SALT LAKE CITY -- A growing number of sites and publications have been capitalizing on people's interest in seeing who has recently been arrested by publishing their mug shots. Places like newspapers and websites -- even Facebook pages. But with this proliferation comes new concern.
The page for "Look Who's Busted Salt Lake City" has more than 7,200 "likes" on Facebook. There's another one from Davis County, as well as national websites. Defense lawyers say they aren't exactly a service to the justice system.
"It kind of flies in the face of what we believe to be the law, which is the presumption of innocence," said Greg Skordas, one such attorney.
They're the ones who have to defend these people -- after their mug shot shows up on one of these sites.
There are also newspapers like "Busted" that show mug shots of those busted along the Wasatch Front.
"Is that person now going to get a fair trial now that their picture is on the front page of a magazine that's over here at the convenience store?" he said.
Skordas said that someone seeing one of these photos is certainly looking at a photo taken at a jail, so it's certain the person's been cuffed and arrested. But are they guilty?
"Those of us in the business know that's not always true," he said.
The county jail has received requests from various publishers, asking for special access to photos beyond what's already available online. Their answer, however, is always "No."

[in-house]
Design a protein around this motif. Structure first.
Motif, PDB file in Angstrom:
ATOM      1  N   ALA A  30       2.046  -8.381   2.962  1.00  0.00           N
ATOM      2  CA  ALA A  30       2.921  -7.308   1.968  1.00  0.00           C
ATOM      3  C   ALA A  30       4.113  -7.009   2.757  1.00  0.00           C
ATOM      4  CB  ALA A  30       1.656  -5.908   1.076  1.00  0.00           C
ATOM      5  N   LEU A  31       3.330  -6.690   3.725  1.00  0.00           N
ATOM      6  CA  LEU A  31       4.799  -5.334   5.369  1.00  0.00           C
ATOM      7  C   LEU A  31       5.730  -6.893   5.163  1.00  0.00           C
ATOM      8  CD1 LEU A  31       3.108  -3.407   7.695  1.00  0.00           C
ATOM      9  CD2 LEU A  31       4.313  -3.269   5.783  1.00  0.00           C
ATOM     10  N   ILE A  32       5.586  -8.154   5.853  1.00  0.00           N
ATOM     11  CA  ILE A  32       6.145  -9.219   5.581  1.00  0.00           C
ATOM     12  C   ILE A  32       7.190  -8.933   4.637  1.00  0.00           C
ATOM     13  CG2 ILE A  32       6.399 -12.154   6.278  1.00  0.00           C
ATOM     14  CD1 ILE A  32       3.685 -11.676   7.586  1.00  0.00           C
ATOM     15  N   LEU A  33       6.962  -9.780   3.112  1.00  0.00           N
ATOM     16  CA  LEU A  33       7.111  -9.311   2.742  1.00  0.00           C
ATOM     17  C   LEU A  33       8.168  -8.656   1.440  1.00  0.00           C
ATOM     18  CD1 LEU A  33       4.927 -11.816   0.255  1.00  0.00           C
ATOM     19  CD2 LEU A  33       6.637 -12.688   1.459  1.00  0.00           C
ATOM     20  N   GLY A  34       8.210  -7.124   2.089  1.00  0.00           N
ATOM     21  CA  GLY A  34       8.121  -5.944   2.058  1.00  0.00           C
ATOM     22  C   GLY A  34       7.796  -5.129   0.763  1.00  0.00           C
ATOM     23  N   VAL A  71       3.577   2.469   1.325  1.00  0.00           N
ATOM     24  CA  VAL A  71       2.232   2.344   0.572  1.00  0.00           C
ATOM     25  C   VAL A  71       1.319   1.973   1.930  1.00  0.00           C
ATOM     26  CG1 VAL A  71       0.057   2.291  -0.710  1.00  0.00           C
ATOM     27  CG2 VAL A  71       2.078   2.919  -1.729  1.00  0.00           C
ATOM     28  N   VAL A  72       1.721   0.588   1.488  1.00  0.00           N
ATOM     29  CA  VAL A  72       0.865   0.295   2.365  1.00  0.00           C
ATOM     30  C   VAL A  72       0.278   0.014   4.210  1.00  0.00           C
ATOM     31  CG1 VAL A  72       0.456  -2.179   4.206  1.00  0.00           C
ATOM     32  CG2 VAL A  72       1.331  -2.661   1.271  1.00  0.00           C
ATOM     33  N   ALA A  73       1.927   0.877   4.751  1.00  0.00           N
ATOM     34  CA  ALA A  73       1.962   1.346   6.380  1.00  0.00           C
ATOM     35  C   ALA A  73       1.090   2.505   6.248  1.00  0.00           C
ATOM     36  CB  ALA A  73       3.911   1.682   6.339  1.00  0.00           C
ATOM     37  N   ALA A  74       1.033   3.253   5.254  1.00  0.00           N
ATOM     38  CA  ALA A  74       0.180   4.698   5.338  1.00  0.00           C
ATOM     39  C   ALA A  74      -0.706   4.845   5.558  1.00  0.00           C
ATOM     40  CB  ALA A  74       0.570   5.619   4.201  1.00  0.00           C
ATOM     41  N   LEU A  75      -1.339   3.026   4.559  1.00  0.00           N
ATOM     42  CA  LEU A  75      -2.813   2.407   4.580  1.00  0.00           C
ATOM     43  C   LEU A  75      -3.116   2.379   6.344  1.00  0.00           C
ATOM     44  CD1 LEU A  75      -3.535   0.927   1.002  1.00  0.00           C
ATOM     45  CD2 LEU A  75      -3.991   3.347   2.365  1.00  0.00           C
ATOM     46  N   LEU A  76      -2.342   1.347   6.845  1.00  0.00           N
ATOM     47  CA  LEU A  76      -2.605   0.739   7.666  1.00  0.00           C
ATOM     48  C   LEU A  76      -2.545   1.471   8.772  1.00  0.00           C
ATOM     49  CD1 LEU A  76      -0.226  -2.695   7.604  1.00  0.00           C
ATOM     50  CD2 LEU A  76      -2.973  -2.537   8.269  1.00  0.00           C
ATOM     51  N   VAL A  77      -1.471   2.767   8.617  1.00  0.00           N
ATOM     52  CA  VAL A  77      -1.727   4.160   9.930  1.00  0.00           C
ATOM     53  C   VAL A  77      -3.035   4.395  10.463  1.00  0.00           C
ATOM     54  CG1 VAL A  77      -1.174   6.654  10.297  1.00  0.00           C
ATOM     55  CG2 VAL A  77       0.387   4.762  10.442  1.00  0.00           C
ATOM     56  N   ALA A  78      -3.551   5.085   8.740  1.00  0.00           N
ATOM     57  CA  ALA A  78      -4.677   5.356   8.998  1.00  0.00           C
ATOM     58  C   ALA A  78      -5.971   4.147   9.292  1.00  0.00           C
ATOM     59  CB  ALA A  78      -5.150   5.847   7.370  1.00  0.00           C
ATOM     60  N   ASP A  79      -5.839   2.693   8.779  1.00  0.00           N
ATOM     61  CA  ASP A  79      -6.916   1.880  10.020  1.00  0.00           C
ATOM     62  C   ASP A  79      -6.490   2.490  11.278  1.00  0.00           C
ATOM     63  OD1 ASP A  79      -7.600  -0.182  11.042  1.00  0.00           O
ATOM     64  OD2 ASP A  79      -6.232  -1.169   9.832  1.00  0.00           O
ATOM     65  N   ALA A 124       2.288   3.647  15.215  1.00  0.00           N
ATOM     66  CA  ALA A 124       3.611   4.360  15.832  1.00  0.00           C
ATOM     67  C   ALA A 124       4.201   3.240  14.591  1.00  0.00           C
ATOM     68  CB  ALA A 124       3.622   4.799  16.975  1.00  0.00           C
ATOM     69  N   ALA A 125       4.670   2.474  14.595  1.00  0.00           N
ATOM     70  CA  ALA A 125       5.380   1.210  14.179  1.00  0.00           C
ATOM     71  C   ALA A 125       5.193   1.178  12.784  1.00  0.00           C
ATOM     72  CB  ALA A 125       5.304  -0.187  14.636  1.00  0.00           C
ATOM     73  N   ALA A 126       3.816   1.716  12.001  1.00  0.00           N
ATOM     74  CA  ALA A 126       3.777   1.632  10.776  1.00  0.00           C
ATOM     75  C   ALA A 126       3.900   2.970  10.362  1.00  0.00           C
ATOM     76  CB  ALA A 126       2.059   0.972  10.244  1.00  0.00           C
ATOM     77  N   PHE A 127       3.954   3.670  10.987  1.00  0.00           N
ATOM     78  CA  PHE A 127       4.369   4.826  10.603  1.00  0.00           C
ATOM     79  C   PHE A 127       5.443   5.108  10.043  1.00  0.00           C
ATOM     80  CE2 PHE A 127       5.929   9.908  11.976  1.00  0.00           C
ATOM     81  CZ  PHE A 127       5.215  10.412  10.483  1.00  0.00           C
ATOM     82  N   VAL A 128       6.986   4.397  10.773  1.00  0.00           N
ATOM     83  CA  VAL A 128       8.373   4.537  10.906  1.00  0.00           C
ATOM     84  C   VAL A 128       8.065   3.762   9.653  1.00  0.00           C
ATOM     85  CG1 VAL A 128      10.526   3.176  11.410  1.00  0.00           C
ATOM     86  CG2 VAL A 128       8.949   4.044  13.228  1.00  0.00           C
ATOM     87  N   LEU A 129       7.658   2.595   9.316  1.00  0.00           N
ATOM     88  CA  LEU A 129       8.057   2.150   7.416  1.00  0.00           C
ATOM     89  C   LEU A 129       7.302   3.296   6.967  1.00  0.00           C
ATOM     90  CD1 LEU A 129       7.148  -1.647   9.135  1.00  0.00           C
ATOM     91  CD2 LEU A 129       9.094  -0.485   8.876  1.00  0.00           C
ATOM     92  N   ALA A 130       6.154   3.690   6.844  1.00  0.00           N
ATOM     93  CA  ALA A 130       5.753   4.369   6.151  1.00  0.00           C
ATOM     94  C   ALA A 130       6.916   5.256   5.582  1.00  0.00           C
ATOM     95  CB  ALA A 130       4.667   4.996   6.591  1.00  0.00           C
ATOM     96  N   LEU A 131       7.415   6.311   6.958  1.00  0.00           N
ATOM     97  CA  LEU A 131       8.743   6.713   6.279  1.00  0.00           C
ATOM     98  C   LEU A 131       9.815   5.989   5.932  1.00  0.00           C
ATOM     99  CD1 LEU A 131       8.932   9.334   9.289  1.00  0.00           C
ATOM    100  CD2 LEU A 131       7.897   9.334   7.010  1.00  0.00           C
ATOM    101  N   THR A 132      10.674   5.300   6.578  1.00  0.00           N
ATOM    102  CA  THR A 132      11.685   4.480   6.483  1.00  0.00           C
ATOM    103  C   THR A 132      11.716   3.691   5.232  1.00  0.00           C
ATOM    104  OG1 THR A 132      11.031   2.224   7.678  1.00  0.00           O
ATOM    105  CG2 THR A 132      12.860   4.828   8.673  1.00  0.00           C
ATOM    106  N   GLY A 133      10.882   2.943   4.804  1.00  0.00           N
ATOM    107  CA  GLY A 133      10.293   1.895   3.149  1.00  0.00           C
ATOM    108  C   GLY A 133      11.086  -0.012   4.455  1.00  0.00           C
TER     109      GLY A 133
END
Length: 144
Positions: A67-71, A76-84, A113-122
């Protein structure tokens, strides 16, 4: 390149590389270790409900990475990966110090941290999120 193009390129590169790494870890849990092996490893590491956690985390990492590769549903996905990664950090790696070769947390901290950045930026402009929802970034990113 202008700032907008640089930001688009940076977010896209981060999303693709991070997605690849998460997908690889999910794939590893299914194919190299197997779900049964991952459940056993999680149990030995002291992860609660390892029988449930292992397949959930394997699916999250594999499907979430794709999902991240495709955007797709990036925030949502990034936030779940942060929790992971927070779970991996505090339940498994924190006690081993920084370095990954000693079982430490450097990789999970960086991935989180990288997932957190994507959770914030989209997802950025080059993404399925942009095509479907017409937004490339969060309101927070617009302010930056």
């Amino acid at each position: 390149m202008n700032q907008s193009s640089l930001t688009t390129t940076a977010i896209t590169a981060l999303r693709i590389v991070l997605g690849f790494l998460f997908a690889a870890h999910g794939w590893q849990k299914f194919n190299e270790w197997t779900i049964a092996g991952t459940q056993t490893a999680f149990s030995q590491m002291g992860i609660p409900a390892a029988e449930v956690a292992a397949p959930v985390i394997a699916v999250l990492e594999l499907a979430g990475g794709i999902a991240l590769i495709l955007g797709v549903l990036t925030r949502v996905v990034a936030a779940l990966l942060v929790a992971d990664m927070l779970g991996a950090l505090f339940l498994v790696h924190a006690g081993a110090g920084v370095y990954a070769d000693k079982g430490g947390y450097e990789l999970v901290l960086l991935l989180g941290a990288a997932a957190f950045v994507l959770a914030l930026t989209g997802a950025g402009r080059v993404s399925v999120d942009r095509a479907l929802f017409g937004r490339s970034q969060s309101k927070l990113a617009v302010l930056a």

"It is public information when people are in jail," said Lt. Mike Deniro of the Salt lake County Sheriff's Office. "You can do what you want with it. We can't stop you. But we will not support or condone that use."
The creator of the "Look Who's Busted Salt Lake City" Facebook page said that there have been personal threats as a result of posting the photos.
In a statement, the person -- who didn't want to be identified -- said, "I think that the people of Salt Lake should know what is going on around them and their children on a daily basis. Not just the top stories that make the news."
Generally these kinds of publications come with disclaimers that those pictured are presumed innocent.
As for the newspaper "Busted," many convenience stores have chosen not to carry it because they don't approve of the message it sends.